Jesus’ Holy Spirit draws Christians together. Like birds, we gravitate toward other Christians in joyous fellowship. Unlike birds, however, we should never segregate ourselves from non-Christians. The way we conduct our lives may be the only Bible that some people ever read. We need to be close enough they can see the print!

The famous passage in Ecclesiastes states, “To everything there is a season, a time for every purpose under heaven.” There is a time and a reason for segregation. It’s called sin. Christians are commanded by the Bible to come away from sin and be separate.

Just as the ground at the cross is level and everyone born into this world has an equal opportunity to reach out to Jesus for salvation and forgiveness, so too are sins level. Viewing actions from our human perspective we condemn murder as the ultimate crime. Yet God hates all sin. The same God who said, “Thou shalt not murder,” also called profanity, gossip, evil speaking, pride, and anger sins and forbid them. Under God’s law, the penalty for sin is death. Any sin. Anger as well as murder.

Thankfully, Jesus died for us so that we can be forgiven and have eternal life. We don’t have to die for our sins. Jesus already did that. Even so, to know something is wrong and do it anyway is rather like nailing Jesus to the cross again. That’s why things like clean conversation and lifestyle, both in my life and in my books, is important to me.

Want to live a victorious life with such deep peace and joy that no circumstance can uproot it? Release sin, cling fast to God. Dare to be a feather in the wind, dependent on God for the journey.


Be Abused

Love shouldn’t hurt. If you’re in a relationship with someone who mentally and/or physically abuses you – get out. You are worth more than that. You are so valuable that Jesus died for you. He doesn’t expect you to suffer hurt and abuse at the hands of someone who has been entrusted with your love. There are shelters and kind people who will help you. If you have children, especially if they are involved in the abuse, get them out immediately. Prisons are overflowing with adults who began life as abused children. The streets are filled with teens who have run away from home to escape abuse. They often wind up as drug addicts prostituting themselves to survive. Then AIDS, then death. Stop it now before it begins. Get your children and get out.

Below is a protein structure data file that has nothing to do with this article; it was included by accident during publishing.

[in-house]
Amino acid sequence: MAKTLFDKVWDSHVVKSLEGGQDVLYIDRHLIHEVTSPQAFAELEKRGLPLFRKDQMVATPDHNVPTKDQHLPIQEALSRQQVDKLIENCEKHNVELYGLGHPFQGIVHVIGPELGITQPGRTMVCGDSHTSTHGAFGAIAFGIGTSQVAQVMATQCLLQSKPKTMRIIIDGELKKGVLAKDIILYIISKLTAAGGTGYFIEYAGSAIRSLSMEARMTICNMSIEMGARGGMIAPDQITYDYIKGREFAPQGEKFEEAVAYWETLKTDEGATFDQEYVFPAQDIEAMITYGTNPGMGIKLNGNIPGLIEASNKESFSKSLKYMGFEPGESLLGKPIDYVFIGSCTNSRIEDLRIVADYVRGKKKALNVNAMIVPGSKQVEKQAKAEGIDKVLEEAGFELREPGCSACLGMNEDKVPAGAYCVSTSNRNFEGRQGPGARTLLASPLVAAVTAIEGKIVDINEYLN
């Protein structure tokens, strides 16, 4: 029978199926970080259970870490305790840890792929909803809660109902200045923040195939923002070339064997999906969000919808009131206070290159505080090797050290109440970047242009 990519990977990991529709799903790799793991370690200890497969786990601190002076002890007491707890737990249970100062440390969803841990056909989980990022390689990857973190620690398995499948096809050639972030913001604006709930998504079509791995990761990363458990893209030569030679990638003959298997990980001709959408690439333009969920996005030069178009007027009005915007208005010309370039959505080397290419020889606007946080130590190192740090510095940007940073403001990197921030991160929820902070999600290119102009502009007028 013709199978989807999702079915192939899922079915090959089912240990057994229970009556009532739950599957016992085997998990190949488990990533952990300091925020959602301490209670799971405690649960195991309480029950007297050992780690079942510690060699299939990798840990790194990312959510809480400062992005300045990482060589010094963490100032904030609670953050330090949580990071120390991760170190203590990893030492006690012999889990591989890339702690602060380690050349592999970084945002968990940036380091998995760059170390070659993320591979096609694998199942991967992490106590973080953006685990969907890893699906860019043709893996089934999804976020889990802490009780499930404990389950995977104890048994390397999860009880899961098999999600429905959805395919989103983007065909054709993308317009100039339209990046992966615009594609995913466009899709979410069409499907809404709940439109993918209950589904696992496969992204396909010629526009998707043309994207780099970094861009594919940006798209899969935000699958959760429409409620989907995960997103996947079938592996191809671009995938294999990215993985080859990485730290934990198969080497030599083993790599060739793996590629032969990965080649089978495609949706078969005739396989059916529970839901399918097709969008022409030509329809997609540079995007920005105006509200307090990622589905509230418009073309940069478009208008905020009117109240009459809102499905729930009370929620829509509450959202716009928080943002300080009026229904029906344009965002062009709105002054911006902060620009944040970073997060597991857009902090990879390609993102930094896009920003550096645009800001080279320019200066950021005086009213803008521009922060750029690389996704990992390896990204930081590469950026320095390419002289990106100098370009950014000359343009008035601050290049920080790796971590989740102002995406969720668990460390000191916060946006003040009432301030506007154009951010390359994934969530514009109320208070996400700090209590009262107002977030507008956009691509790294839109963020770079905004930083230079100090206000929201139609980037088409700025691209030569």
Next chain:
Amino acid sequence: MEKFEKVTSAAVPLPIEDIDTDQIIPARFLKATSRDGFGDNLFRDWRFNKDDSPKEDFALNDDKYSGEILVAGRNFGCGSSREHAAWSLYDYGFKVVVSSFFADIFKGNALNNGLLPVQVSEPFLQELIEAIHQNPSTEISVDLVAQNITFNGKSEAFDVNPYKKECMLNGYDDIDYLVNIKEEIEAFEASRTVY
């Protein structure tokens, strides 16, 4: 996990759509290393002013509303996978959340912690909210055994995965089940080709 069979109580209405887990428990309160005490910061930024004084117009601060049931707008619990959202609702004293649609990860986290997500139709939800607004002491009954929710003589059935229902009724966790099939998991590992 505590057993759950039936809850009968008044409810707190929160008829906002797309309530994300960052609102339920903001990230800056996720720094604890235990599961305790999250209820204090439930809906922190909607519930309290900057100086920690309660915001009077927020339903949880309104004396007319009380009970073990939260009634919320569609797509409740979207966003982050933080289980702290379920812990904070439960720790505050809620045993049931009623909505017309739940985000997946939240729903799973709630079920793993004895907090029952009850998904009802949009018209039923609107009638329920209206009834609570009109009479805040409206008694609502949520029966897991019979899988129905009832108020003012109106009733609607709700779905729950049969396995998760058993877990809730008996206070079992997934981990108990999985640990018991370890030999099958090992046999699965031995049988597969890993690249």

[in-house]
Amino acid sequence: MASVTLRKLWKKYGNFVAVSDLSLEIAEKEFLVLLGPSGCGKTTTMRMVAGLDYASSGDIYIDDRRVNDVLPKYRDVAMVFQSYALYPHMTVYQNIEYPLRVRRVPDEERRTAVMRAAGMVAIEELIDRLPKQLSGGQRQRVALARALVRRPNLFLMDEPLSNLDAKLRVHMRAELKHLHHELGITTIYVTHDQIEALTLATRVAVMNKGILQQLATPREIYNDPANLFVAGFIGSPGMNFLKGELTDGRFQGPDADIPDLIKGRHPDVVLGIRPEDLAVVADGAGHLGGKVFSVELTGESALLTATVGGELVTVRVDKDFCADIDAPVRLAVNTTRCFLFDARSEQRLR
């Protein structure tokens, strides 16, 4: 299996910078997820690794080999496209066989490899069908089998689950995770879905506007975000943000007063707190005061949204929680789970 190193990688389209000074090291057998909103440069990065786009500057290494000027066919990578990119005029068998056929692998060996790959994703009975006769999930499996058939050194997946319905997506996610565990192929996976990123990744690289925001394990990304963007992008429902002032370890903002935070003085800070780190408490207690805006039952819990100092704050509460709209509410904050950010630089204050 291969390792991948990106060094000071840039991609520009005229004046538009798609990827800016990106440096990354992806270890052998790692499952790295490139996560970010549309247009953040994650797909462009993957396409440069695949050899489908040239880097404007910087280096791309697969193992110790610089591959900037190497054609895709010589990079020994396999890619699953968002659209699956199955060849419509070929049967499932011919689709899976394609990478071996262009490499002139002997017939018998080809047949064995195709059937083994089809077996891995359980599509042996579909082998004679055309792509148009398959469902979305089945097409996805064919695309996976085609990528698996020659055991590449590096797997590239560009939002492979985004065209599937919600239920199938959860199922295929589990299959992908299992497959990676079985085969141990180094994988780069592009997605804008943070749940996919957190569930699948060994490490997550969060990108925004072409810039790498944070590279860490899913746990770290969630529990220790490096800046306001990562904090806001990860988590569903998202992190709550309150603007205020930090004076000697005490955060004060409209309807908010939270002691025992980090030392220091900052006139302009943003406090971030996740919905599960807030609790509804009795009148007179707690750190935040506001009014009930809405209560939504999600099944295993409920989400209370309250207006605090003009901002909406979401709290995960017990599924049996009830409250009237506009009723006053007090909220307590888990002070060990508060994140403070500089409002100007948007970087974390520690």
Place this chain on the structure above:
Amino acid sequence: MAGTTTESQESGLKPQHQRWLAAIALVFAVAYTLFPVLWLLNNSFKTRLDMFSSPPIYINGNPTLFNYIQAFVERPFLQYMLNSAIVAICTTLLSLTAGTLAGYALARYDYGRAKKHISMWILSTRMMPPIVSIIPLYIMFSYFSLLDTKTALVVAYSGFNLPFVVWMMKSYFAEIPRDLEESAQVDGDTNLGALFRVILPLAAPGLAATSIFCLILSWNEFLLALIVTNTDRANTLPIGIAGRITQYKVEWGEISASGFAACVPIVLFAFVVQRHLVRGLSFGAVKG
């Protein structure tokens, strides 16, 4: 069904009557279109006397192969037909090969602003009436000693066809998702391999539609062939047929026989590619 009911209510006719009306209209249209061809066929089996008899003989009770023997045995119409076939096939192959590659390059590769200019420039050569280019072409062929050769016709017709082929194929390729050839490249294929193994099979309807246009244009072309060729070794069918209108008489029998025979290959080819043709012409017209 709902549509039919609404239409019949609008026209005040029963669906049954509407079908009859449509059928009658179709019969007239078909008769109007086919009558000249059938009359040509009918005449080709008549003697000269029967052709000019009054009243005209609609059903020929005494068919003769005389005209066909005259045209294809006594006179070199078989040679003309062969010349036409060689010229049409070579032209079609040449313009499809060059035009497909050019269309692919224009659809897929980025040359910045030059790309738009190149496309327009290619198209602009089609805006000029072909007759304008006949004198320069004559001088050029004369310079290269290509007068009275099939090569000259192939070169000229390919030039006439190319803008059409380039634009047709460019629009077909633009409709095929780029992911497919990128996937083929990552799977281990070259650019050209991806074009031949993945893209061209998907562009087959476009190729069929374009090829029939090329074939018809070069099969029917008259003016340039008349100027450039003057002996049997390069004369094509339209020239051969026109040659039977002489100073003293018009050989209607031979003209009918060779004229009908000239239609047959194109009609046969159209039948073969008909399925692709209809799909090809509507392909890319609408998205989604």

But, if you’re a Christian, allow yourself to be abused for your faith. Non-Christians will often hate, despise and abuse you for your Christian beliefs. Don’t be surprised! Look at what religious leaders did to Jesus: they slapped Him around, spit on Him, mocked Him, hammered a crown of thorns into His head, beat His back until it looked like hamburger meat, then nailed Him to a cross and stuck a sword into His side to make sure He was dead. With the exception of John, Jesus’ disciples all faced horrible, painful deaths because they refused to deny Jesus as LORD, the Son of God. So if you get abused for your faith, take it as a compliment. You’re in good company!

I’ve discovered that sometimes when people mock Christian faith and target a Christian for abuse, they really want to hear more. Remember, if you get abused for your Christian faith, the abuser may be jealous. They may see something in you that they realize is lacking in themselves. They may actually want to hear more, know more. So keep witnessing Jesus to them. It doesn’t always have to be words. Just ask yourself in every situation, “What Would Jesus Do?” and do it. Continue your friendship with that person (if possible) and always remain calm and kind no matter how much abuse they throw at you. It’s impossible for you to suffer more than Jesus, our example, did. And remember, you don’t have to know all the answers. Don’t stop talking about your faith just because they ask you questions you can’t answer. No one can know or answer everything about God. Mysteries belong to Him. Just keep reading your Bible and walking through this life as the only Bible some folks will ever read.

Walk in love, joy, peace, kindness, patience, goodness, gentleness, self-control, faith and truth – the fruit of the Spirit. Take the abuse and share the fruit. It can change the world, one hurting person at a time.Image